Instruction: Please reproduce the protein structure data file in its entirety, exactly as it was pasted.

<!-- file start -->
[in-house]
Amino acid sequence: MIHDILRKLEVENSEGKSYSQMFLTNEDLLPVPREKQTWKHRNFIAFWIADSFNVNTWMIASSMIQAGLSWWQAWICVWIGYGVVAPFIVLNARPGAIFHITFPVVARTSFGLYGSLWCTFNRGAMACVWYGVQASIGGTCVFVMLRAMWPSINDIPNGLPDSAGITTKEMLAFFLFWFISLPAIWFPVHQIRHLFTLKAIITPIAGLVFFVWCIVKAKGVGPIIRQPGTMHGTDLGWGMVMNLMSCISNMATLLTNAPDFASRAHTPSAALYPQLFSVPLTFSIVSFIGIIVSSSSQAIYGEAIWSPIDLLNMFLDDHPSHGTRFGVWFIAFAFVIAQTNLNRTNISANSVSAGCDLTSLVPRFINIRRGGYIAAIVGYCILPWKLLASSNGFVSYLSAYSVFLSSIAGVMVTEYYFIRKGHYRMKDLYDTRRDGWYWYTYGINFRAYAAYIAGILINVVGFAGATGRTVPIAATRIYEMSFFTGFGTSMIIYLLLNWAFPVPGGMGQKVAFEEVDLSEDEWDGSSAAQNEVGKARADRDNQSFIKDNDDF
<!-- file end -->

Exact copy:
[in-house]
Amino acid sequence: MIHDILRKLEVENSEGKSYSQMFLTNEDLLPVPREKQTWKHRNFIAFWIADSFNVNTWMIASSMIQAGLSWWQAWICVWIGYGVVAPFIVLNARPGAIFHITFPVVARTSFGLYGSLWCTFNRGAMACVWYGVQASIGGTCVFVMLRAMWPSINDIPNGLPDSAGITTKEMLAFFLFWFISLPAIWFPVHQIRHLFTLKAIITPIAGLVFFVWCIVKAKGVGPIIRQPGTMHGTDLGWGMVMNLMSCISNMATLLTNAPDFASRAHTPSAALYPQLFSVPLTFSIVSFIGIIVSSSSQAIYGEAIWSPIDLLNMFLDDHPSHGTRFGVWFIAFAFVIAQTNLNRTNISANSVSAGCDLTSLVPRFINIRRGGYIAAIVGYCILPWKLLASSNGFVSYLSAYSVFLSSIAGVMVTEYYFIRKGHYRMKDLYDTRRDGWYWYTYGINFRAYAAYIAGILINVVGFAGATGRTVPIAATRIYEMSFFTGFGTSMIIYLLLNWAFPVPGGMGQKVAFEEVDLSEDEWDGSSAAQNEVGKARADRDNQSFIKDNDDF